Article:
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Small businesses can also add data, messaging, talk, text, and other features to the plan. The 11 new shared plans are available nationwide to small business customers in T-Mobile retail stores, over the phone at 1-800-TMOBILE and through business sales account managers.Starting at just .99 per month for two lines using 1000 Whenever Minutes®, with no activation fee, the plans provide access to voice calling on America’s Largest 4G Network™.2 Additional lines are .99 each per month, with the maximum number of lines varying based on the plan selected.
This plan includes 1000 Whenever minutes and does not require an activation fee. The various plans support different numbers of maximum lines. expanded its business portfolio with new well-priced, pooling plans designed to support the unique needs of small business customers.
The shared pools can range from 1000 minutes to 50,000 minutes. With small businesses expected to increase their spending on wireless data services by 42 percent between 201, T-Mobile’s affordable shared plans for multiple lines allow customers to tailor their wireless needs as their business grow.
Legere pointed out that his company is reaping only $4 billion of the $83 billion in business wireless sales right now, so any business customers it gains will be straight out of the pockets of AT&T and Verizon Wireless.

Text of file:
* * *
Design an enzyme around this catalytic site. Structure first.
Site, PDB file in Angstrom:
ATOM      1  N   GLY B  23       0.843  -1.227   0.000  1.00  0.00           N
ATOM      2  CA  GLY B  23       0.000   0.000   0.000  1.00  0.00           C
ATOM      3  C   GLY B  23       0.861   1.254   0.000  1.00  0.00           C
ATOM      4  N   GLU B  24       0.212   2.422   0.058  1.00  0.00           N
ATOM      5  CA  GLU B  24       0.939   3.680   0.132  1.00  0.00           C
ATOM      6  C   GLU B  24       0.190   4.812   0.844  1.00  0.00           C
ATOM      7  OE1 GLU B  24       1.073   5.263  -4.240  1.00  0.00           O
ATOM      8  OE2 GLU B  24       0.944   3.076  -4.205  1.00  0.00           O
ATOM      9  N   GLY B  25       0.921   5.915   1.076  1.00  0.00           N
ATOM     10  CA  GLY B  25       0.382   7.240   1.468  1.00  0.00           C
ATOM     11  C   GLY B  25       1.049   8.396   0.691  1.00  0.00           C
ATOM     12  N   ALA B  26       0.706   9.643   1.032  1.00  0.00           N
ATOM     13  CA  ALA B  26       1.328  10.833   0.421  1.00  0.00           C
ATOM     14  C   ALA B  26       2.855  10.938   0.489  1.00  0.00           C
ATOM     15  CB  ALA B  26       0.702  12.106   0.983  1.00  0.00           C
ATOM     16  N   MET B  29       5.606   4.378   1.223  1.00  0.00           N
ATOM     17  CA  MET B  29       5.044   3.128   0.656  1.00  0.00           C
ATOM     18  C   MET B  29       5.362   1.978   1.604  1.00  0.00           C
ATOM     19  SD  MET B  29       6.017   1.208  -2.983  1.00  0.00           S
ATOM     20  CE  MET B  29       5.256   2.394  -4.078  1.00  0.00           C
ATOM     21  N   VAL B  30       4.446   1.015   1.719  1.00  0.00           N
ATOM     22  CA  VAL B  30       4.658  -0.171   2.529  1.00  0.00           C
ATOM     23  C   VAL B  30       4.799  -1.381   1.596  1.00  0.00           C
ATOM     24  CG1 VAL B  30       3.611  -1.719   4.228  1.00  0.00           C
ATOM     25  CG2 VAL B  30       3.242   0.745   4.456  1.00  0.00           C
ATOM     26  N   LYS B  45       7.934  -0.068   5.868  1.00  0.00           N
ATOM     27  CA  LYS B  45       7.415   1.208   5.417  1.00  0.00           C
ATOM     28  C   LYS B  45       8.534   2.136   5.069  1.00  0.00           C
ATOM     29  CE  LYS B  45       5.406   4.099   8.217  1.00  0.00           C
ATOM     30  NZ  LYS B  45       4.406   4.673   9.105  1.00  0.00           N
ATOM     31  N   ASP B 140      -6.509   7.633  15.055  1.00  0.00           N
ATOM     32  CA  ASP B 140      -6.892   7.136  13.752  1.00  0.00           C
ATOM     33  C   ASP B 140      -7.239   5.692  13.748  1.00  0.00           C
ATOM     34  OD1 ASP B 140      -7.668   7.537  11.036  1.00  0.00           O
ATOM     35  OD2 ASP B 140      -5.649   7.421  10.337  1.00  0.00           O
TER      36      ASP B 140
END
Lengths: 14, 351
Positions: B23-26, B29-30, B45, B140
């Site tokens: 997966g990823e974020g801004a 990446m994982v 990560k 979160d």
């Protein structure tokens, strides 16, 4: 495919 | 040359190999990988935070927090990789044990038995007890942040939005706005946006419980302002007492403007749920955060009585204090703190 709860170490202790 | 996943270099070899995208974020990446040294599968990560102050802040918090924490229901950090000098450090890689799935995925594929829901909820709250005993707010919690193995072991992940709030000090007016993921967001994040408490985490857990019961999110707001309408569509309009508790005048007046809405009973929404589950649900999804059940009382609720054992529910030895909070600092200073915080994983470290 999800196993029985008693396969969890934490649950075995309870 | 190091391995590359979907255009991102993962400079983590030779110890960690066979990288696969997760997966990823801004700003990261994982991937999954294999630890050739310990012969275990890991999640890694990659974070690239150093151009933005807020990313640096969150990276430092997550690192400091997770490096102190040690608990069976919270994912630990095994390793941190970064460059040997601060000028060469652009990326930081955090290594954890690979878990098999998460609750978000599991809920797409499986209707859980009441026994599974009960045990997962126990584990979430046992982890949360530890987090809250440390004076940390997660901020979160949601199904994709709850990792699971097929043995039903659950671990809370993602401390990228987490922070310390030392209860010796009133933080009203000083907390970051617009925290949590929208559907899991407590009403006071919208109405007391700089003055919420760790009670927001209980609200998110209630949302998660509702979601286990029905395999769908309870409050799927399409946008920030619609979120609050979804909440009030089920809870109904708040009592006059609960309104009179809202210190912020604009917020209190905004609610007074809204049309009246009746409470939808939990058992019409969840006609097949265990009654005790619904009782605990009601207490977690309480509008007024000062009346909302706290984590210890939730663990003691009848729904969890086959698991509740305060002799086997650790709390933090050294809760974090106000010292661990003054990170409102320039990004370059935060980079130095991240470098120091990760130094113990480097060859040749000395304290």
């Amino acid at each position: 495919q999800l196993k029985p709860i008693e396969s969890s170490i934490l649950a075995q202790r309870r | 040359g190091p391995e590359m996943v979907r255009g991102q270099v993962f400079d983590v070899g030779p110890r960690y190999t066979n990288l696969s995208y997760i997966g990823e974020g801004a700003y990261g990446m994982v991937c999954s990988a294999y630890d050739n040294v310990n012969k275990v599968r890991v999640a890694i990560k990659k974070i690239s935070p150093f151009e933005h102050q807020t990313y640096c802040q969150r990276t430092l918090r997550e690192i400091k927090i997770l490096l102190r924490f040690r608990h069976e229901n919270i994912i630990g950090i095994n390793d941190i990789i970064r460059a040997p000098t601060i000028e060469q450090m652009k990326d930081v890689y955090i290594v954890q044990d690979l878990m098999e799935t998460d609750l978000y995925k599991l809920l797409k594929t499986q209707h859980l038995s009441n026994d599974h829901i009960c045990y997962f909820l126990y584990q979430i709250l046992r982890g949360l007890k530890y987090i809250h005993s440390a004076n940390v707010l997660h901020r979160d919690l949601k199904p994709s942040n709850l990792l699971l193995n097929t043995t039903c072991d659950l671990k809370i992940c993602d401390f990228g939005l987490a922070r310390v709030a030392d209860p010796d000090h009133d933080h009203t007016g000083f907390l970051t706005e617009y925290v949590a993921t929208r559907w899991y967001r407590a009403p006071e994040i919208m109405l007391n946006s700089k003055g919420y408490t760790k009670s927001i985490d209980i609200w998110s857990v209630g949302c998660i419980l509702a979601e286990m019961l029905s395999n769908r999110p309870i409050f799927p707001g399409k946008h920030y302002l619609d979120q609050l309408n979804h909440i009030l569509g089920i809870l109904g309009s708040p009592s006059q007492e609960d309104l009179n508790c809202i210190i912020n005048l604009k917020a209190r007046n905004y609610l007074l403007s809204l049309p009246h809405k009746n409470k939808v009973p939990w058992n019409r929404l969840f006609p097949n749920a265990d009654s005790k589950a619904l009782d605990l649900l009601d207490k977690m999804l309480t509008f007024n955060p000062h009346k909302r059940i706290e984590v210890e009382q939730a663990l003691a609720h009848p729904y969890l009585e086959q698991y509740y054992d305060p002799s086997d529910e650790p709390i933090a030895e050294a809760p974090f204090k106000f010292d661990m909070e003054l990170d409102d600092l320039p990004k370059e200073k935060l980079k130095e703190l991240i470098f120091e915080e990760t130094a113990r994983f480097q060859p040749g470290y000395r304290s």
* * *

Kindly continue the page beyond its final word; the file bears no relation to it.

Legere also threw in some sweeteners for consumers, who are almost all of T-Mobile's current base.
"We have some rural edge, some in-building penetration that is still stuff we're working on," he said.
T Mobile Small Business Plans
The carrier's main problem is that it's primarily on higher-band spectrum than AT&T or Verizon, and while that's ideal for carrying fast data, it's not very good at covering distances or penetrating building walls.
"We will get low-band spectrum in the incentive auction," he said. nobody can get more than 20Mhz and the small player gets a chance." For now, coverage hopes rest on T-Mobile's 700Mhz spectrum, which covers 190 million people.
That spectrum is much more like the airwaves AT&T and Verizon use to penetrate buildings.
While the carrier has been rolling that out across the country, it's been slowed in some areas—like New York—because it requires existing TV stations on Channel 51 to get out of the way.
Where 700Mhz has been rolled out, such as in Cleveland, Minneapolis, and Washington, it's resulted in "huge improvements" in in-building coverage and "dramatic" rural expansion, T-Mobile CTO Neville Ray said.